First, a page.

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Olympic organizers playing host to political games too

Where to put some nations during the opening ceremony is just one of the delicate problems facing China.

August 07, 2008|Barbara Demick | Times Staff Writer

BEIJING — Every four years, the Summer Olympics give the world not only a display of human athletic achievement but also a chance to assess the ebbs and flows of the globe's most intractable diplomatic problems.

Where do you put the rival Koreas in the opening ceremony? How do you refer to Taiwan? What happens if Arab athletes refuse to compete with the Israelis? Many of the same issues rear their ugly heads every time, sprouting like noxious quadrennial weeds.

A feature of the 2008 Olympics is that delegations will march according to the number of pen strokes used in writing the Chinese characters of their names, tossing the customary alphabetical order to the wind. This traditional Chinese method of ordering names will put Australia, which starts with a character taking 15 strokes, near the end of the procession, and Yemen, at three strokes, close to the beginning.

The North Koreans were furious that their country name in Chinese would trail just behind South Korea.

It was irrelevent for the last two Summer Olympics. In 2000 in Sydney and in 2004 in Athens, the Koreans marched together holding a blue-and-white flag symbolizing a unified Korea.

As for its own rival, Taiwan, China has been keen to show itself as the magnanimous Olympic host and a responsible global leader. Two high-ranking officials of Taiwan's ruling Nationalist Party, which was defeated by China's Communists in 1949, have been invited as guests of President Hu Jintao. A Taiwanese dance troop is expected to perform as well.

China also made a small but significant change in the way it refers to Taiwan. It agreed to use the name Zhonghua Taipei, or "Chinese Taipei," a reference to Taiwan's capital, instead of Zhongguo Taipei, which is traditionally used by mainland Chinese and could be translated as "China's Taipei."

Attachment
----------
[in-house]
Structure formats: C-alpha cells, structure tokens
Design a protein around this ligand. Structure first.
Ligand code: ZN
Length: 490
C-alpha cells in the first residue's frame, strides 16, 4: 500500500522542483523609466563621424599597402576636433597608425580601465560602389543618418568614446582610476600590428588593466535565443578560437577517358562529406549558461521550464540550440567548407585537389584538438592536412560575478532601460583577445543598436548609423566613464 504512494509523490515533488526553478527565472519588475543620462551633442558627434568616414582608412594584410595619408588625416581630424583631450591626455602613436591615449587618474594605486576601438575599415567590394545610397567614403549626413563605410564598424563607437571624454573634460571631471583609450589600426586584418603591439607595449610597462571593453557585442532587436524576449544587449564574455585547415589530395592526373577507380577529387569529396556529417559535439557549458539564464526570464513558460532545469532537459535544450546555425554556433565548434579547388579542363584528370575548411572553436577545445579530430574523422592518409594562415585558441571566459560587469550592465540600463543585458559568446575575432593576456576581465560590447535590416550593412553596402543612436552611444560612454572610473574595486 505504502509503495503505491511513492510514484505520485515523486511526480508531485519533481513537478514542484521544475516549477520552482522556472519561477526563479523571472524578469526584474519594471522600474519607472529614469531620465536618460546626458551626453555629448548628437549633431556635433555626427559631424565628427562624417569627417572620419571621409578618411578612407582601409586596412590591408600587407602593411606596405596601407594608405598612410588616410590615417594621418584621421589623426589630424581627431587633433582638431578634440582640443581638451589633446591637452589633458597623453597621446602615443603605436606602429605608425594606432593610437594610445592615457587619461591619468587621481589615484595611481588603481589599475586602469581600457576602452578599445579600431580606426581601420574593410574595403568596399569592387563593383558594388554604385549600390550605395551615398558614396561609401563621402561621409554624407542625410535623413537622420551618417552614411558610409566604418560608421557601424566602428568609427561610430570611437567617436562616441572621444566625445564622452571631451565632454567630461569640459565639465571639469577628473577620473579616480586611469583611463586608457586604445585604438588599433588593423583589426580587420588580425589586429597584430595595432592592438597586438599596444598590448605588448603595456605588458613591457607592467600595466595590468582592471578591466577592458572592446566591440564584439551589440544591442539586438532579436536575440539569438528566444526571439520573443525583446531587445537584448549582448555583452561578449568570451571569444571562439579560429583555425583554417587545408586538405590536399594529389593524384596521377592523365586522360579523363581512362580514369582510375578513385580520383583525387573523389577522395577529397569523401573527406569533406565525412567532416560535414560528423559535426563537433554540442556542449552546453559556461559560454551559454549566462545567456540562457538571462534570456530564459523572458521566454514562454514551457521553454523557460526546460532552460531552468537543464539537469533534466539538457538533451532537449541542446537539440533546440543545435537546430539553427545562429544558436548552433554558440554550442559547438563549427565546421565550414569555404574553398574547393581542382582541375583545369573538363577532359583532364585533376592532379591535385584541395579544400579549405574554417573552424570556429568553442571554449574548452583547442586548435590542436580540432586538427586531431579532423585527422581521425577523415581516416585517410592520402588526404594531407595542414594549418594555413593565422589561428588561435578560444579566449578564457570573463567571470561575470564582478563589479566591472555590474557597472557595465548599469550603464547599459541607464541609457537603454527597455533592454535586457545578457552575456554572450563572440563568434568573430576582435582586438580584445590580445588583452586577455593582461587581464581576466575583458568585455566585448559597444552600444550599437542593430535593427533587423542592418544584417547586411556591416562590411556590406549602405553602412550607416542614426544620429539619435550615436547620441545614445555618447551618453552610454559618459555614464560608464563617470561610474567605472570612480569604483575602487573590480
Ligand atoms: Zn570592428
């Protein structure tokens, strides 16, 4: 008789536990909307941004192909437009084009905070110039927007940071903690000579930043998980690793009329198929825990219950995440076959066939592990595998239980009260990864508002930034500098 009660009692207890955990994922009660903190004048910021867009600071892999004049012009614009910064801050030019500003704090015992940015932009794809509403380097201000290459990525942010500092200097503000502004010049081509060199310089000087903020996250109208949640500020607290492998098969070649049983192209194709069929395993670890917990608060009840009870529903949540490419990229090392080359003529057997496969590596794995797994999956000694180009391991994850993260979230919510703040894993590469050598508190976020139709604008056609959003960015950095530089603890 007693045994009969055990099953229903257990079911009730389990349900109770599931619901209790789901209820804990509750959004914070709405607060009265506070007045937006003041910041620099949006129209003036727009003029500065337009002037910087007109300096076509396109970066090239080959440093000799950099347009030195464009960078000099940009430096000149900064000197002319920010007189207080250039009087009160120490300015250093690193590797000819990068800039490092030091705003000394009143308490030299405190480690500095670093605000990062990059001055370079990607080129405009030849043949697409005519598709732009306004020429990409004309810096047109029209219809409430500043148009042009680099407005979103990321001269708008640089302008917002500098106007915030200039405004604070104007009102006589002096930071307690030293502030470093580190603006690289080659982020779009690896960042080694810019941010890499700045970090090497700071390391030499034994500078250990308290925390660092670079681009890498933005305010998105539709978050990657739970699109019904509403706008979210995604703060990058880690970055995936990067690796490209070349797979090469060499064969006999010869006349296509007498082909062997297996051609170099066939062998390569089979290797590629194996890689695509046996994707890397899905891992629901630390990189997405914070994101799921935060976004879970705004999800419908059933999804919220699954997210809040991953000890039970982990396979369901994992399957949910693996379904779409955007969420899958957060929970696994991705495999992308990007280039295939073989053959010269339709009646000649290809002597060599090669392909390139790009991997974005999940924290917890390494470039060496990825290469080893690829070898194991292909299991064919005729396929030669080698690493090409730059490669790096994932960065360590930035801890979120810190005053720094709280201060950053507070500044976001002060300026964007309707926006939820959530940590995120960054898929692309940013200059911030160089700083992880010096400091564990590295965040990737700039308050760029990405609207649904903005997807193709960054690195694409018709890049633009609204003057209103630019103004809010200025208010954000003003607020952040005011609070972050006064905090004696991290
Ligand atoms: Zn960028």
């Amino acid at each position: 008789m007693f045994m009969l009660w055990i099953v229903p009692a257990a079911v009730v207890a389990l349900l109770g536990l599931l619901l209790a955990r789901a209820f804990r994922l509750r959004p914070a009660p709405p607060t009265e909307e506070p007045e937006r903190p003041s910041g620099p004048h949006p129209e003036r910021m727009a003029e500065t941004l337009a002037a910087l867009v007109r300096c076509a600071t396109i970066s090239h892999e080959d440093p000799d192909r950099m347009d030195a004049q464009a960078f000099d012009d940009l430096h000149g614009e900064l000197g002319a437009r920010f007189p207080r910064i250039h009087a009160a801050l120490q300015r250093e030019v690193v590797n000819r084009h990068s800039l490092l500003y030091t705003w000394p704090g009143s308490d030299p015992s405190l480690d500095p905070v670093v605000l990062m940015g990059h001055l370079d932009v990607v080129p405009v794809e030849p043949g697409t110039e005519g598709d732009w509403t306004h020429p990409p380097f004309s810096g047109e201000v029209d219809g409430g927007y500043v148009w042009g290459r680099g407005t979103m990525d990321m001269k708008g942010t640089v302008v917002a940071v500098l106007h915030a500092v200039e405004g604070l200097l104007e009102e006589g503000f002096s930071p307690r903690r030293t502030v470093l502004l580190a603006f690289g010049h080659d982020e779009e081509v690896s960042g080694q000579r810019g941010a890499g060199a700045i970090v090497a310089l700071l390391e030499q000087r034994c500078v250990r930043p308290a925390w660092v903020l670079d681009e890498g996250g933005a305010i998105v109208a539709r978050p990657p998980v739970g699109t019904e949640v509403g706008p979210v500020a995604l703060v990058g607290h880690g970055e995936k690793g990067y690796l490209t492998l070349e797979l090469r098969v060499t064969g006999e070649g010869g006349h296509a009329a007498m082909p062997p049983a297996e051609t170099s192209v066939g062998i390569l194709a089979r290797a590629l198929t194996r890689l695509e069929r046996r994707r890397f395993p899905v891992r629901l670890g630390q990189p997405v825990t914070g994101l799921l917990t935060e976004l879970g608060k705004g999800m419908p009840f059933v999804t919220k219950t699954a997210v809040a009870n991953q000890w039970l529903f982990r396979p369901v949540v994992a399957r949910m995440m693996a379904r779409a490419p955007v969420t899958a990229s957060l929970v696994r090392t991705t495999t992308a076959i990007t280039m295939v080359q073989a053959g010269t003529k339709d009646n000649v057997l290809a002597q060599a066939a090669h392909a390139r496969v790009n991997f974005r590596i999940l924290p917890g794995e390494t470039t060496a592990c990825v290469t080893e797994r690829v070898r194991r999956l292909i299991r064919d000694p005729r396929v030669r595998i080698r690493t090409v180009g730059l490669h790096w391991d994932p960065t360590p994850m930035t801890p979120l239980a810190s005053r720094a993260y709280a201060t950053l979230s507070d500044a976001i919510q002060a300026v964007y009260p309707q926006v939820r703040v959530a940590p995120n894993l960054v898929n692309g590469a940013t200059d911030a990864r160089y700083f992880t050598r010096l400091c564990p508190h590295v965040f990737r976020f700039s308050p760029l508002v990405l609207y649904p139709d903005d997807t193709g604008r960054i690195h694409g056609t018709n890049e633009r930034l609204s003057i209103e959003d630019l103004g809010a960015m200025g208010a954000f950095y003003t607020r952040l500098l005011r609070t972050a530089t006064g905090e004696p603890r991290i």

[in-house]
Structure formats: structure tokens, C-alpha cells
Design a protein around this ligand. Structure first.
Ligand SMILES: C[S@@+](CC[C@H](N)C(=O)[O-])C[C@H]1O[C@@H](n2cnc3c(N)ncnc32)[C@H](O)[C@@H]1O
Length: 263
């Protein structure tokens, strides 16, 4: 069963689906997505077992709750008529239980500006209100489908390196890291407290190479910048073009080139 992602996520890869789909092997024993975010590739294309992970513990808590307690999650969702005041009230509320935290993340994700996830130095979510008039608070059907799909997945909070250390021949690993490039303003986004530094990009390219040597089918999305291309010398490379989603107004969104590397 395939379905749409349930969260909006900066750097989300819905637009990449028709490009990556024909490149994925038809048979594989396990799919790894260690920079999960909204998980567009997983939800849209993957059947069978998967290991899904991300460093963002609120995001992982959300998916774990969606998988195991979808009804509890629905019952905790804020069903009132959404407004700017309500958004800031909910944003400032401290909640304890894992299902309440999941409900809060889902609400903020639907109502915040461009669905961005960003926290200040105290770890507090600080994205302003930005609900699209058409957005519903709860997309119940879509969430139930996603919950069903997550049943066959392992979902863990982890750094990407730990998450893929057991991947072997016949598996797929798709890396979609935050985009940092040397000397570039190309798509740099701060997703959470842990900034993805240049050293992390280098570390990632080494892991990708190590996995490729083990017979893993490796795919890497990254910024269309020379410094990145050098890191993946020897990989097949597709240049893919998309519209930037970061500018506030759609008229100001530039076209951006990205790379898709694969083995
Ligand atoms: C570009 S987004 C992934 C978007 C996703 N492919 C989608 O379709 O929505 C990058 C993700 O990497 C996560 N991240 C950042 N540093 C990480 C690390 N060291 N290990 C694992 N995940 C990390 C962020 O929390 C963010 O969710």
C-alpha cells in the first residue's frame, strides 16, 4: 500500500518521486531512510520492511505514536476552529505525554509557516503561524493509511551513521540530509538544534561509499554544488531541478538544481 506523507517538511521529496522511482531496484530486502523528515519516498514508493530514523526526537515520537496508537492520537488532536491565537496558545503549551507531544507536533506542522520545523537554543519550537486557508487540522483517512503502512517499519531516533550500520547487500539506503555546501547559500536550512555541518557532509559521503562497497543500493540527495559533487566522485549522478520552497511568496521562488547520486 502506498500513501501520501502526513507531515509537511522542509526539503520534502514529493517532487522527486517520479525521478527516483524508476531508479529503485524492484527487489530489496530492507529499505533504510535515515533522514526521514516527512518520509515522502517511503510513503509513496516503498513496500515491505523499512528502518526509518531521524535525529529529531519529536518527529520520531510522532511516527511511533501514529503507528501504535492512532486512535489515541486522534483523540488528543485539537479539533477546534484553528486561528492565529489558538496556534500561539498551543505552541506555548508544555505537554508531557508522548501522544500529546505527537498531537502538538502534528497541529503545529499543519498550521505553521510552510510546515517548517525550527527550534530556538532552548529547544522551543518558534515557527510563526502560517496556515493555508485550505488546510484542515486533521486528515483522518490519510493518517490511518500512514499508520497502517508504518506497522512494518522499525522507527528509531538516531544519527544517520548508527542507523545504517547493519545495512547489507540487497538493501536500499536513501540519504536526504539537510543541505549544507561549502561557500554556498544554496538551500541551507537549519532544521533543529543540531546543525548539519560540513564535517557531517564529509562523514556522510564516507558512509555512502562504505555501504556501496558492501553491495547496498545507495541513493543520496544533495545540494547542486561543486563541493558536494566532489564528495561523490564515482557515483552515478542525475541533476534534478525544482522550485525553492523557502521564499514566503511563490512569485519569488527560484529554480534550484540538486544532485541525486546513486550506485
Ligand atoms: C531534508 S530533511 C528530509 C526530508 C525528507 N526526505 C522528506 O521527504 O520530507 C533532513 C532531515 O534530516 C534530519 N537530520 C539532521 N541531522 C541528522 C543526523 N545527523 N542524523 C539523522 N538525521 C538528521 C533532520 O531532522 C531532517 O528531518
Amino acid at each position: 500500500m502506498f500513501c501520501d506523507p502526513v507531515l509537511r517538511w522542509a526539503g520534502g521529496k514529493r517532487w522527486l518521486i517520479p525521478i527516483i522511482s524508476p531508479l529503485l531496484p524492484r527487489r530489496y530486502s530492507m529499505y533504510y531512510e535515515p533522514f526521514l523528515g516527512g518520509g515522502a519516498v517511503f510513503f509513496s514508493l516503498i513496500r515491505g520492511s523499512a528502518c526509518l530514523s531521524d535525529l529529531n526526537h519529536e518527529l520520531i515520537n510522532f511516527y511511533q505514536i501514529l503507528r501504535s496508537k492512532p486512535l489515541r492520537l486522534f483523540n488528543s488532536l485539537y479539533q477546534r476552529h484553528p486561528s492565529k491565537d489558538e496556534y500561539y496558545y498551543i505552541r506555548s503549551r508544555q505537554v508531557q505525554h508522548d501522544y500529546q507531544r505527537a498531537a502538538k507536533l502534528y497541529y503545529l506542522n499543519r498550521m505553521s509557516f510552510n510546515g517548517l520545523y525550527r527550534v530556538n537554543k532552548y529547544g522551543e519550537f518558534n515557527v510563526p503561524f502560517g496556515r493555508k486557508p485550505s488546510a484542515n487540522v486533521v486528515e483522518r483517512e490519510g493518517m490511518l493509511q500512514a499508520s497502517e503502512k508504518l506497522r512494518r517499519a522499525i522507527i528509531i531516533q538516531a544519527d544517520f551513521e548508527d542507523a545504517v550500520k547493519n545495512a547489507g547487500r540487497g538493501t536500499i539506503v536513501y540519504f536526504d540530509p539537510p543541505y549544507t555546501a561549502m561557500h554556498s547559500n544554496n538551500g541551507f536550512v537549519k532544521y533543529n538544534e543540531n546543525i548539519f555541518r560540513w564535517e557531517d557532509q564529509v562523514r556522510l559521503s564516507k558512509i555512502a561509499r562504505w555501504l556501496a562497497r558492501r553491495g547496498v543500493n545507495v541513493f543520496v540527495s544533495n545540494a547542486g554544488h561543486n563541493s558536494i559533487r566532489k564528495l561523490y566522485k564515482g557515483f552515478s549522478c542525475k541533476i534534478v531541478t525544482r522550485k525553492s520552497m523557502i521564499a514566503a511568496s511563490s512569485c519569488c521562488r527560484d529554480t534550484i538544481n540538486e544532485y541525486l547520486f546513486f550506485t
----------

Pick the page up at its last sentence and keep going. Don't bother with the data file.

"China has handled this issue much better than expected. Nobody thought Beijing would be so flexible," said Chong-pin Lin, president of the Foundation on International and Cross-Strait Studies in Taiwan. "The pro-independence advocates have found much less to make a big issue about."

Which is not to say nobody will make a fuss.

Going strictly by the number of strokes, Taiwan would have gone next to Hong Kong (Zhongguo Xianggang), which has its own delegation even though it has been under Chinese sovereignty as a special administrative region since 1997. Rather than imply that Taiwan too is part of China, Beijing will put the Central African Republic (Zhongfei) in between them as a buffer. (The character zhong means central or middle.)

The order in which the delegations will march is to be announced today, Olympic officials said. China, as the host, will go last, and Greece, where the games originated, will go first.

Many other problems have resolved themselves. The world's newest nation, Kosovo, will not have a delegation. Iraq managed to resolve a dispute with the International Olympic Committee, which had threatened a ban because of Iraq's disbanding of its national committee.

The 2004 Olympics in Athens were disrupted when an Iranian judo competitor refused to compete against an Israeli.

Herb Weinberg, an Olympic historian based in Colorado, said that this year the Olympic organizers probably would try to arrange the competition to avoid having the Israelis in direct matches against athletes from countries likely to cause another crisis.

"Every Olympics has new issues," Weinberg said. "The IOC always says they will be as nonpolitical as possible, but somebody always tries to use the Games for political purpose."

The largest political issue at the 2008 Olympics is China itself, its human rights record at home and abroad. But threats to boycott have largely fizzled. At last count, more than 100 foreign leaders, many of them heads of state or government, were expected to attend the games, including President Bush. French President Nicolas Sarkozy, who initially suggested that he would stay away over China's Tibet policy, is to attend the opening ceremony after all.


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